On June 17th Stan Erickson passed away at his home in Appleton at age 61.
Among his titles (Raconteur, Record Maven, Trivia Baron, Fellow Traveller, Crossword King, Clip Art Genius, Compiler of Obscure Songs, Drinking Buddy, Recorder of Bootlegs, Bowling Shirt Aficionado), Erickson is best known as co-owner of New Frontier Record Exchange.
From the outside it was simply a used record store, but anyone willing to dig deeper discovered a counter-culture hub located on Durkee Street in Appleton. It closed in 2008.
To me, Stan was the older brother I never had — the guy who gave me license to discover all the music and books that never existed in Menasha. He was the person who steered me even deeper when the muse was taking hold as I began getting articles published. And later when Fred and I cranked up our amplifiers and guitars in the basement of that store, wailing into the night like Aborigines discovering fire, Stan was there with words of encouragement. It makes me happy to know he had a photograph of my band, The Aimless Blades, in his last work space.
This article offers a brief sampling of tributes from his friends.
Erickson’s long-time business partner Fred Burts shared some thoughts.
“For the first couple of years of the store, there was the excitement of the startups. Our idea started out gangbusters, but within two years a raft of lawyers descended on us, and renting records was over.”
Turns out you could rent a lot of things, but vinyl LP’s was not one of them. Following a stream of cease and desist letters, they ceased and desisted renting records.
“Getting our clientele to consider buying was hard. We always had a small group that wanted the unusual, but we had to expand on that. That’s where Stan came in. He could convince someone to buy that Wall of Voodoo album instead of a Kajagoogoo, while I couldn’t sell a life preserver to a drowning man.”
Burts, a lifelong craftsman and artist, branched the store into guitar repair and sales, while still serving up records and the newfangled compact discs.
“I always said it was time to open a new store when one got too full and within the first three years we had five stores (Appleton, Green Bay, Oshkosh, Stevens Point and Kaukauna), had a company car and had bought out eleven failing stores.
A peak of almost 100,000 albums was kind of scary at first, but we rolled with it. Stan bought records, cleaned and priced them and held court with the customers. I did some of that too, but mostly found, fixed, and sold guitars, and did the bookwork and taxes. This gave us separate duties and kept us kind of sane. Those first five years were all growth, both in finances and customer base. We had a great time being business moguls!”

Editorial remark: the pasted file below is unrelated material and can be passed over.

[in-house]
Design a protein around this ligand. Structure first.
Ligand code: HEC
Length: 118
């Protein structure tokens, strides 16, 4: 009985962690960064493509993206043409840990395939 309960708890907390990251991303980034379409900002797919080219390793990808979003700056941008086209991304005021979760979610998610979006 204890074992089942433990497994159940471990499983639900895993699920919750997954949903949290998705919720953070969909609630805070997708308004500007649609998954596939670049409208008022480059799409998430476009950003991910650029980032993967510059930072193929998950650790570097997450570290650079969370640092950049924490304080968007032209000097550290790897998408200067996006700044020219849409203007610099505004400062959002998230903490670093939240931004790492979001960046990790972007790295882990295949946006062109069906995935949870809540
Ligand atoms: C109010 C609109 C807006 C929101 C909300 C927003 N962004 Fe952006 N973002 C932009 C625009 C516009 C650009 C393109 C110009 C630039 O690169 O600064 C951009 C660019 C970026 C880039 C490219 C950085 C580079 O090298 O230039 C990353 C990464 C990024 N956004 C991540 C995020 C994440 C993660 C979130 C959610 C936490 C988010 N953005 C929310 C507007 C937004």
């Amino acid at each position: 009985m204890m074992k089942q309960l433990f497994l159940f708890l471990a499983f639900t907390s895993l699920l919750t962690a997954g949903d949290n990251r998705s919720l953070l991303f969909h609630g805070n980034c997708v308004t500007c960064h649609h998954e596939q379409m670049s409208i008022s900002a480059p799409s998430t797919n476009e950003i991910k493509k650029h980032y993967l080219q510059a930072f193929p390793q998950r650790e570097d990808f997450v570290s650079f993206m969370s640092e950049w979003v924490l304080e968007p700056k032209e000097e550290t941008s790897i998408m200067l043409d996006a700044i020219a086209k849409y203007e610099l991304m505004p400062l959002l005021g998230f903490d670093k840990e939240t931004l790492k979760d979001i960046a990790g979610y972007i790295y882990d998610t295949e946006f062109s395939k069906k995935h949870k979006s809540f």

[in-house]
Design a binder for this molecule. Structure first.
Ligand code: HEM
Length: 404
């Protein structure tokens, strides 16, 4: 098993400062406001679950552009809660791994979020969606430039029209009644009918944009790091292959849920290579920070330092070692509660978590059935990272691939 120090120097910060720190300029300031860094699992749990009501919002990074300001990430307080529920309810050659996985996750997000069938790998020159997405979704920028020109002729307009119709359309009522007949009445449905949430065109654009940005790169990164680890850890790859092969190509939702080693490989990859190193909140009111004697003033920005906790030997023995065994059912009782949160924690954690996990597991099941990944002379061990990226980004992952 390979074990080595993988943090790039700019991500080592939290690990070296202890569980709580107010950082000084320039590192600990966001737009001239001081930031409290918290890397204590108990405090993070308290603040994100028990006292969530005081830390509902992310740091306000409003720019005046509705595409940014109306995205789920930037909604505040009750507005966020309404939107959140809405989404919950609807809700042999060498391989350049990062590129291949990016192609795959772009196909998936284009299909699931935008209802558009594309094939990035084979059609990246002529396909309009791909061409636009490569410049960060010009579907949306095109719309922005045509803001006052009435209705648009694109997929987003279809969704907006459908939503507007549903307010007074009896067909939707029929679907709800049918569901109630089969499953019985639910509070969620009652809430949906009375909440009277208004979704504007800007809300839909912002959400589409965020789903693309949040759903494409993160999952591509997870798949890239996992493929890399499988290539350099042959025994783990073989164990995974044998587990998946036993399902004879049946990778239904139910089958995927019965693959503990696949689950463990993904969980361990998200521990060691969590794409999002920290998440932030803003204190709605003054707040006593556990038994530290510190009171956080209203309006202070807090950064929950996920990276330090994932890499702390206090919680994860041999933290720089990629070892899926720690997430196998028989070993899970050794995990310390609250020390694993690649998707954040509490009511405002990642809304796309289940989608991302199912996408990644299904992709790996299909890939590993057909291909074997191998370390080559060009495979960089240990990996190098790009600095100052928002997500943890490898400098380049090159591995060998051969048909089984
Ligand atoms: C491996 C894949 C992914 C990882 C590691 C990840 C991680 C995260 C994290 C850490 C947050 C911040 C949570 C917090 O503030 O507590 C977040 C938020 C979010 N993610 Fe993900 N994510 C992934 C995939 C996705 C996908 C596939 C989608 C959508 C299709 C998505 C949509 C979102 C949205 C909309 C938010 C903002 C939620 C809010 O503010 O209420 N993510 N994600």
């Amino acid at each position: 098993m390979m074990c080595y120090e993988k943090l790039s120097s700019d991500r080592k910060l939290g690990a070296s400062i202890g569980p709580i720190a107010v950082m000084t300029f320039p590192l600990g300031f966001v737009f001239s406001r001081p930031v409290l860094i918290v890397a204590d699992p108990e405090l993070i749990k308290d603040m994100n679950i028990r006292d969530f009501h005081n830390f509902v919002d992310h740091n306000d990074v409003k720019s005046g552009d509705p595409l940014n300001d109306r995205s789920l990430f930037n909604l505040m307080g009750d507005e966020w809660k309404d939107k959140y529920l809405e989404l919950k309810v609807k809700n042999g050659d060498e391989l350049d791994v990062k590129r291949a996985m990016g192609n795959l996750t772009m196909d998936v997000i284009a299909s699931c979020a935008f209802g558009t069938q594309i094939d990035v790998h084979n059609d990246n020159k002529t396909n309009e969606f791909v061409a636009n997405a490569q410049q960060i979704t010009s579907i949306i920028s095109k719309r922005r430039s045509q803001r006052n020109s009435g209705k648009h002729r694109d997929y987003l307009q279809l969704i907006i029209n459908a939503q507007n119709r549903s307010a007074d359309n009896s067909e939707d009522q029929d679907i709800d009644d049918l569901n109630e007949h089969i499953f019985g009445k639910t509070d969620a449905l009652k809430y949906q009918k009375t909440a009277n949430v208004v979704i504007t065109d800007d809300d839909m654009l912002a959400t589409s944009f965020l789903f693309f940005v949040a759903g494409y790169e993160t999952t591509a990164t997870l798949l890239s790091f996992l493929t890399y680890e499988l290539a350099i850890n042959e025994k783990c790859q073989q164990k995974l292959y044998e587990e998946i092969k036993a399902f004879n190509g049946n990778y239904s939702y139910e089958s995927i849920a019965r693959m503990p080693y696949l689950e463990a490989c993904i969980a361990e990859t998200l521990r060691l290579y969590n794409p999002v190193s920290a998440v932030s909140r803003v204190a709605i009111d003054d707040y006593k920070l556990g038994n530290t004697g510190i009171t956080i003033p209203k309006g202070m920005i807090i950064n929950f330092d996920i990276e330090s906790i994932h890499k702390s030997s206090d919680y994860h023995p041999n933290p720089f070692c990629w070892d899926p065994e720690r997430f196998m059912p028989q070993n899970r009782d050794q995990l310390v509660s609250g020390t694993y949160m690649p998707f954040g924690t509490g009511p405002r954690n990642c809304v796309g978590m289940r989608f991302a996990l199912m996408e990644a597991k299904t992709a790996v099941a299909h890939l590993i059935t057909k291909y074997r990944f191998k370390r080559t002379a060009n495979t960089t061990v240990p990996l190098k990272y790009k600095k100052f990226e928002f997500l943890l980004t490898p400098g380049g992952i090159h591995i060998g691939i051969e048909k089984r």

Burts and Erickson would also later collaborate when Tom Hintz (another early New Frontier presence) opened Tom’s Garage, a nightclub in Appleton that featured live music. While Erickson designed flyers for upcoming shows and helmed doorman duties, Burts installed the house sound system and also ran live sound for most bands that played the venue.
It seems like Green Bay’s Norb Rozek (AKA Reverend Norb) has long been a fulcrum of that city’s music scene. Like Erickson, he wears many hats: songwriter, frontman, author, roller derby announcer – to name but a few. His homegrown music zine SickTeen was known worldwide in the pre-internet era. His bands Boris the Sprinkler and Rev. Norb and the Onions have left their mark with live shows and impressive discographies. He speaks fondly of Erickson’s influence.
“Among the tens of thousands of awesome things Stan is, was, and did, one of the more notable, in my eyes, was his being the first guy to really not look at the punks funny when we brought our weird DIY merchandise into his store to sell. When you went to a record store in the past, and brought in, say, five copies of an album you had pressed up with the money you saved working at your after-school job, and the name of the band was ‘Suburban Mutilation,’ and the cover art was made with vinyl mailbox letters, Xeroxed photographs, and a Sharpie, record store personnel tended to raise an eyebrow, chuckle a little, and say something like, ‘oh, easy listening, huh?’
“They were nice enough, but they always gave you the feeling that they were humoring you. ‘Oh, look what those zany kids are up to now!’ This contributed to our already-held belief that we were operating completely outside the margins of society; that what we were doing had absolutely no parallel or relation to the rest of the world.”